wireshark log

d) nmap don’t ping -Pn

I ran the following command:

$ sudo nmap -sS -Pn --disable-arp-ping
  • -sS tells Nmap to run a TCP SYN scan. It is the default scan but for clarity I added it here.
  • -Pn tells Nmap to skip the host discovery phase completely and scan the ports on all IP addresses without checking if they are up or not.
  • —disable-arp-ping tells Nmap not to send ARP request when scanning another host in the local ethernet network. I added this so I could simulate a more real-world example.
  • tells Nmap to only run the scan on these seven IP addresses.

command output more command output

The output of the command shows that all seven addresses and all 1000 ports in each of them were scanned (Nmap defaults to the top 1000 most popular ports). It is weird that the scan shows hosts on IPs 5-7 to be up when I know that there is nothing there.

The wireshark log shows the usual SYN packets being sent and SYN/ACK being received as is the case with a TCP SYN scan.

wireshark log

There is also a bunch of ICMP messages (type 3, destination unreachable). When this is sent back the port is marked as filtered by Nmap.

more wireshark log

e) nmap version detection -sV (example of one service in one port is enough)

I ran the following command:

$ sudo nmap -sV -p21
  • -sV tells Nmap to run a version detection scan.

command output

The output tells us that there is a FTP service listening to port 21/tcp. FTP stands for File Transfer Protocol. Additionally, the version detection tells us that the service is running on a Unix based operating system.

The Wireshark log shows that first Nmap does host discovery (no. 1 & 2). Then Nmap does a basic TCP SYN scan (no. 3-5). After that Nmap opens a new connection with SYN -> SYN/ACK -> ACK (no. 6-8). The target host then sends HTTP response 220 which is the sent in response to a new user connecting to a FTP server (source).

After receiving the HTTP 220 response, Nmap sends an ACK packet to the target host. I’m not sure why this is done. Is it an acknowledgement of the HTTP response?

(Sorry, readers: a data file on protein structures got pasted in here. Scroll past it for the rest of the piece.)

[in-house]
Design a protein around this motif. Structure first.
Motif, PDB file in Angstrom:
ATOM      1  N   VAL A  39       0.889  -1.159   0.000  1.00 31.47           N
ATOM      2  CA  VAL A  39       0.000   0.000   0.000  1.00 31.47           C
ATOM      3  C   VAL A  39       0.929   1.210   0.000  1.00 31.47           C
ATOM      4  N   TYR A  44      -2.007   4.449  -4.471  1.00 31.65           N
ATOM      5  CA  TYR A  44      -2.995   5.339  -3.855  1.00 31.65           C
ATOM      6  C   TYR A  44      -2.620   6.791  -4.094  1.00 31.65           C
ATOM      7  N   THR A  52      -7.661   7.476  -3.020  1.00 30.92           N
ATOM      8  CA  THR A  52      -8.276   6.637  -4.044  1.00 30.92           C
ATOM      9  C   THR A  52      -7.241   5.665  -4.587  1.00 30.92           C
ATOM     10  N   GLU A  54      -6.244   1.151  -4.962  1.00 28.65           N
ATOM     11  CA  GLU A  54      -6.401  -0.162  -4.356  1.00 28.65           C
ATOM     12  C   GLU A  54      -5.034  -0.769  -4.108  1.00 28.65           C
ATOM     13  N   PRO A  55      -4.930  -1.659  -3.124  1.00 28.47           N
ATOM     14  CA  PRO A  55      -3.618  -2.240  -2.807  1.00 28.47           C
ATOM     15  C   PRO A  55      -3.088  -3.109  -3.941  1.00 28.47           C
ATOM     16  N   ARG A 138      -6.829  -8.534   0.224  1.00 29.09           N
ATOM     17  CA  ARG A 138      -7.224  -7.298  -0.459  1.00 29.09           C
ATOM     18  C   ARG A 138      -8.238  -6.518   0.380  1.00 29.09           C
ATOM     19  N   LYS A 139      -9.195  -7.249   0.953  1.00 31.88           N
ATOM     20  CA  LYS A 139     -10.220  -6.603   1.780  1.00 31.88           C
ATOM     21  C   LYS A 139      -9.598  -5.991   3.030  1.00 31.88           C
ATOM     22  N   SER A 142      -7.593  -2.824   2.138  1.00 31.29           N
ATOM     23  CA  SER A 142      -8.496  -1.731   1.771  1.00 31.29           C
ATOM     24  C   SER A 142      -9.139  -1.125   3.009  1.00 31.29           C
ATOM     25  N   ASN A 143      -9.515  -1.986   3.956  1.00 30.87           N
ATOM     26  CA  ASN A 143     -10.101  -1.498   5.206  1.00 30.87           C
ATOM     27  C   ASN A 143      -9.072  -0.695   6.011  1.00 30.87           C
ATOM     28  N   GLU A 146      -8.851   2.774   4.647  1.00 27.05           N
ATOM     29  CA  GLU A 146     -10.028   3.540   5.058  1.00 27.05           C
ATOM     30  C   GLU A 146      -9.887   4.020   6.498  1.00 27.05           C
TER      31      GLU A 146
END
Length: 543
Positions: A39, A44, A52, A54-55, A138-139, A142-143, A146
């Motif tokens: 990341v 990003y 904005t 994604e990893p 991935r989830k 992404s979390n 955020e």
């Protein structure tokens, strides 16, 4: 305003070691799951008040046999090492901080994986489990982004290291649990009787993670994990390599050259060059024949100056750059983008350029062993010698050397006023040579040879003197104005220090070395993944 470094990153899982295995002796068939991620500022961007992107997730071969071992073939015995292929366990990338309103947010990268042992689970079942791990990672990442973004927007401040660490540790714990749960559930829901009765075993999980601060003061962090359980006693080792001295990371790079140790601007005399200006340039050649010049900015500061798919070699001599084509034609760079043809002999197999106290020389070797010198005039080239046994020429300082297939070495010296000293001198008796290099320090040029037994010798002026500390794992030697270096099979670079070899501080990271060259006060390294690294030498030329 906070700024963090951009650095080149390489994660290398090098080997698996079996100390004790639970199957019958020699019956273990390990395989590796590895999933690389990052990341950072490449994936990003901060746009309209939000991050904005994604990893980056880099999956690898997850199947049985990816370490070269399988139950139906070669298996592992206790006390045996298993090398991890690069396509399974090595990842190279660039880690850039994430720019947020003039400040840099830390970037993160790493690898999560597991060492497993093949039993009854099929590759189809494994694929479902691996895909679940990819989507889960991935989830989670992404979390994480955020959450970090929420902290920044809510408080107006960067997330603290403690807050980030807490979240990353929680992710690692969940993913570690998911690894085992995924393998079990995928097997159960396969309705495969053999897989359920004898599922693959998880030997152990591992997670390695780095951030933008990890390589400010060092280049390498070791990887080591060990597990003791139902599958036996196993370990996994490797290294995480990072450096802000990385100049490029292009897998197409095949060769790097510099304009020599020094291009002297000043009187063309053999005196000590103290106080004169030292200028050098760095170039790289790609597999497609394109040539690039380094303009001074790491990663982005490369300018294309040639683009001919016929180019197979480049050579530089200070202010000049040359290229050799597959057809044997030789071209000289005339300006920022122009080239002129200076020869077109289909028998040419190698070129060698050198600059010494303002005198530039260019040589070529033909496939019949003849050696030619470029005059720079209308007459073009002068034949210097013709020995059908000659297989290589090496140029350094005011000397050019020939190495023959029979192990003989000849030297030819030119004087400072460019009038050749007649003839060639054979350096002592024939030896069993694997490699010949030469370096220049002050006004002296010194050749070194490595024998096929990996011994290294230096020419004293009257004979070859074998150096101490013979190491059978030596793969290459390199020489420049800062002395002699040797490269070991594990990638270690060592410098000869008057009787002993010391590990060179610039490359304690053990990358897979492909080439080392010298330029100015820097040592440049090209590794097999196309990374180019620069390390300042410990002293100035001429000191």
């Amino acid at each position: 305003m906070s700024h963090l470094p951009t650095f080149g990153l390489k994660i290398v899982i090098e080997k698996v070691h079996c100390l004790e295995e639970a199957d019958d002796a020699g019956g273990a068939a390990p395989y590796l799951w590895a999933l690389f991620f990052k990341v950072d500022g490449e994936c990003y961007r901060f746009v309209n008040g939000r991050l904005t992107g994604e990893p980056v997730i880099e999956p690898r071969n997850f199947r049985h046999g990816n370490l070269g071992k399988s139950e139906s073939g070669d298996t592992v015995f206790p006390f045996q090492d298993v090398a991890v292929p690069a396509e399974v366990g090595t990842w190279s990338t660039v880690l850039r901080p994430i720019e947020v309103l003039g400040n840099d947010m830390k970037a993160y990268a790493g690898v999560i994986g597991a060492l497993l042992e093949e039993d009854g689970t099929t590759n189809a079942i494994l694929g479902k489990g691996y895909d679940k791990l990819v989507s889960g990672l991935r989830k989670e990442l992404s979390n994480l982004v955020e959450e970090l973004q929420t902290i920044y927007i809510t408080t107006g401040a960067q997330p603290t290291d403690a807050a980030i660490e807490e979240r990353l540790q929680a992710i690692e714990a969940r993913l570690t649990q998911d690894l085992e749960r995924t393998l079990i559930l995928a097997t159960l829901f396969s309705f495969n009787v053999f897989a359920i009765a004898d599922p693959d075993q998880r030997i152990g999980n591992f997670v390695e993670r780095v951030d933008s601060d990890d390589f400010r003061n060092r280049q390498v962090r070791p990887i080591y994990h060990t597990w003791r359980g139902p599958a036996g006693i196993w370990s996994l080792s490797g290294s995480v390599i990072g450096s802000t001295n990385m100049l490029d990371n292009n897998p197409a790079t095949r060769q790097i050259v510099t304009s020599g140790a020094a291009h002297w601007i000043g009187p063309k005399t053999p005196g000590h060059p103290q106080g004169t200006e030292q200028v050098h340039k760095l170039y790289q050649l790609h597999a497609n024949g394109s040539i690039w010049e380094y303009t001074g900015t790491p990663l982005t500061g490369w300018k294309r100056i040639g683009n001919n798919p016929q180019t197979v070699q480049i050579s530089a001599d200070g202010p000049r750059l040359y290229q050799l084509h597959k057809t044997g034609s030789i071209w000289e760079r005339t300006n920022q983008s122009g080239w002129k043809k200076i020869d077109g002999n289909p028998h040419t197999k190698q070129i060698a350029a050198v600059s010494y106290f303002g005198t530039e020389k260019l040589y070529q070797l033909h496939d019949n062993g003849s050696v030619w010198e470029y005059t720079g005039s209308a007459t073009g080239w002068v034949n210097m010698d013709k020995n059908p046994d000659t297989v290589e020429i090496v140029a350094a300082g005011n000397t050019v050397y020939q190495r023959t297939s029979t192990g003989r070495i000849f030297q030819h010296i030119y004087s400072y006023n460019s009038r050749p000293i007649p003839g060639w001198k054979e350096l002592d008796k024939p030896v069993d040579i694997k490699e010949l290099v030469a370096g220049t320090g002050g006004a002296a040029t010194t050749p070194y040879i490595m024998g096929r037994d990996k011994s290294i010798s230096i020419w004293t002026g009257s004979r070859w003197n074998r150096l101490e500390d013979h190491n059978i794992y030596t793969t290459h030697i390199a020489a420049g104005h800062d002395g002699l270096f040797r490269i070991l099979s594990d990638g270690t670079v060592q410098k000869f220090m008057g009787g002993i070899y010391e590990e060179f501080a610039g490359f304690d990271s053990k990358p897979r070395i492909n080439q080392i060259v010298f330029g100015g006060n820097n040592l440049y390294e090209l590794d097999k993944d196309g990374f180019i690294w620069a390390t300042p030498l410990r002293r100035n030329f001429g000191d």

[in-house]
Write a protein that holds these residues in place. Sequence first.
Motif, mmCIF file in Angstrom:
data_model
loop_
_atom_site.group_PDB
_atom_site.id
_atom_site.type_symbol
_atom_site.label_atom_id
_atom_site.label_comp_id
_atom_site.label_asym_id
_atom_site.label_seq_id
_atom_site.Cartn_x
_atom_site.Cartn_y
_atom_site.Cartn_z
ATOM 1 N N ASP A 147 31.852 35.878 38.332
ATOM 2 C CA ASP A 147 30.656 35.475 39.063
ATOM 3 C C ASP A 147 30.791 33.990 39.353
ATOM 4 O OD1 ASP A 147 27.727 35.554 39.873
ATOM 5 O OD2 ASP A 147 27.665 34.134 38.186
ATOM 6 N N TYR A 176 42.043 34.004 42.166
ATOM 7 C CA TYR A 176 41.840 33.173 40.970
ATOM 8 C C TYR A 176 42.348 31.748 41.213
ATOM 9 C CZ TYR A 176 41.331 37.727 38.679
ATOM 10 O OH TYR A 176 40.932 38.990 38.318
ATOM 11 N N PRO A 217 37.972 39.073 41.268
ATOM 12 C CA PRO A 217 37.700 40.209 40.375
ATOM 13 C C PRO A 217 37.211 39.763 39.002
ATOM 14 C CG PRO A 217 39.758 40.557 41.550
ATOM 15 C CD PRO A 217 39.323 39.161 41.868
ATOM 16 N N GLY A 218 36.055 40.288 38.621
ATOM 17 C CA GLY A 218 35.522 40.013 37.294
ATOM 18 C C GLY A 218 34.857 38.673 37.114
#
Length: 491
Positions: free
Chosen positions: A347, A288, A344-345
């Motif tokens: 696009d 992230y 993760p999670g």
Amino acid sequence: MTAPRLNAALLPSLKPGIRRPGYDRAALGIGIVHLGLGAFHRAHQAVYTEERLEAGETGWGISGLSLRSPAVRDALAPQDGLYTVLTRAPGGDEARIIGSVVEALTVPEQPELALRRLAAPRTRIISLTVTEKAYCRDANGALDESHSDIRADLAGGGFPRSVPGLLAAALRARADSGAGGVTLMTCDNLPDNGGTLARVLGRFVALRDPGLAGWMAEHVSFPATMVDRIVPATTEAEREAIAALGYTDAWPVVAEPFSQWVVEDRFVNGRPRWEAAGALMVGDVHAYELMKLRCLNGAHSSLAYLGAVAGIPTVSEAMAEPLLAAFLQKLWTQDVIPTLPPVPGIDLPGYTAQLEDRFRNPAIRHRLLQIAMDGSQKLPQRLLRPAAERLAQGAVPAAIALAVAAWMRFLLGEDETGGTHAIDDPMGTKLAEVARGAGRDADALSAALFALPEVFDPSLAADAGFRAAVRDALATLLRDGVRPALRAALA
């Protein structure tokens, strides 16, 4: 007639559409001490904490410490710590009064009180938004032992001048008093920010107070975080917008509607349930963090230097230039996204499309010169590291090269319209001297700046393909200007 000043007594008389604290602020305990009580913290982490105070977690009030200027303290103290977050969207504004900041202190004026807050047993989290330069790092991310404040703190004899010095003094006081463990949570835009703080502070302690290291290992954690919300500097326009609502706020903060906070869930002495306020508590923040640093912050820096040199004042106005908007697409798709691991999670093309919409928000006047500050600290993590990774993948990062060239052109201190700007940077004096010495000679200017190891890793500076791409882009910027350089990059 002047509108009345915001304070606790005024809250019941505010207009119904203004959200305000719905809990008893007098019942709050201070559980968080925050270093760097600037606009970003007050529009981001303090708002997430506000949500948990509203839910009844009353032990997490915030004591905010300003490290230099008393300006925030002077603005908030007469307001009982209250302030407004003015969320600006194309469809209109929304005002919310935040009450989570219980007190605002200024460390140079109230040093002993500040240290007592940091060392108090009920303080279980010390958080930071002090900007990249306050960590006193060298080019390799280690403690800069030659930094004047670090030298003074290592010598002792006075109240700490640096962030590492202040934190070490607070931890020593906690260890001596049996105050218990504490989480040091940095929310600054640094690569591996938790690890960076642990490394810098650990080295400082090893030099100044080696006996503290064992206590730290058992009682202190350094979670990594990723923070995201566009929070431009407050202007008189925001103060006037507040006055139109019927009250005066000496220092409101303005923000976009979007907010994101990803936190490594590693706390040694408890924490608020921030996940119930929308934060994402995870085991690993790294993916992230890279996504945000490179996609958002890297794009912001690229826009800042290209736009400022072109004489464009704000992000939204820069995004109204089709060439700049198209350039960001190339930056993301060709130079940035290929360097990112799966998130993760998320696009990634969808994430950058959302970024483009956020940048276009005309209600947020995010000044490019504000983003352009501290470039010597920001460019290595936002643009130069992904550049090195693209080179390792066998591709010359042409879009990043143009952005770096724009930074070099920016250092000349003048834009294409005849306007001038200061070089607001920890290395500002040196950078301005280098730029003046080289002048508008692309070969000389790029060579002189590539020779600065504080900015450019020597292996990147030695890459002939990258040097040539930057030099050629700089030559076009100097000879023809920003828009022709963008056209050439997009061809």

Then Nmap sends a FIN/ACK packet which would signal that the connection is closing (source). To my understanding usually either the initiating or the receiving host first sends a FIN packet to which the other responds with FIN/ACK. I what the purpose of this packet is.

The target host responds with HTTP 500 sent over FTP protocol which indicates an internal server error. Nmap sends a RST packet to close the connection and the target host sends some FTP packet after which Nmap sends another RST packet.

wireshark log

f) nmap choosing ports: -p1-100, —top-ports 5, -p-

-p1-100 scans ports 1-100 and -p- is a shorthand for -p1-65536, which scans all ports (except port 0). --top-ports is a bit more interesting because it scans the most popular ports and I wanted to find out what they were.

I ran the following command:

$ sudo nmap -sS --top-ports 5
  • —top-ports 5 tells Nmap to scan the five most popular ports

command output

The five most popular ports according to Nmap are 21, 22, 23, 80, and 443. We can see that all but 443 are open.

wireshark log

The Wireshark log shows host discovery (no. 1-2). After that we can see the TCP SYN scan by looking at the SYN and SYN/ACK packets. Port 443 (no. 8) responded with RST/ACK because it’s not open. On lines 13-16 Nmap closes the connections with a RST packet.

g) nmap choosing IP addresses; list, subnet mask, start-end (use ipcalc to help calculate subnet mask)

Nmap IP addresses can be specified in multiple different ways. You can do a range like or use a CIDR-style notation which does the same thing.

I wanted to try getting IP addresses from a file. I created a file called ip.txt and listed three addresses on separate lines. I did a ping sweep with no host discovery so that I could see that all the IP addresses were scanned.

$ sudo nmap -sn -Pn -iL ip.txt
  • -iL tells Nmap to get the list of IP addresses from a file.

command output

The command worked.

h) nmap output files -oA foo. What do the files look like? What use cases do the different files have?

I ran the following command:

$ sudo nmap -sV -oA nmap-test
  • -oA stores the scan results to three different files, normal, XML, and grepable format.

list of files

The normal format looks the same as the output that running the command gives. It has no special use case.

normal output

The grepable output is all on the same row. It is made to be the easily searchable with the grep command.

grepable output

The XML output is in XML format. It is made to be utilized by web interfaces.

xml output

k) nmap runtime interactions: verbosity v/V, help ?, packet tracing p/P, status s

I ran the following command and used the runtime interactions during it:

$ sudo nmap -Pn -sV

First, I tried packet tracing p/P. It showed a lot of information about what sockets were doing what.

command output

Increasing verbosity gave a bunch of information that was easy to understand

command output

Debugging showed information that I couldn’t really read too much into.

command output

Finally, the status s gave two-line summary of the scan progress and current task.

command output

l) Sudo nmap. How does nmap differ when ran with or without sudo?

According the Nmap manual, most port scans can’t be run without administrator privileges because Nmap needs authority to send and receive raw packet data. The only scans that work are TCP connect scan and FTP bounce scan. I found that host discovery still works.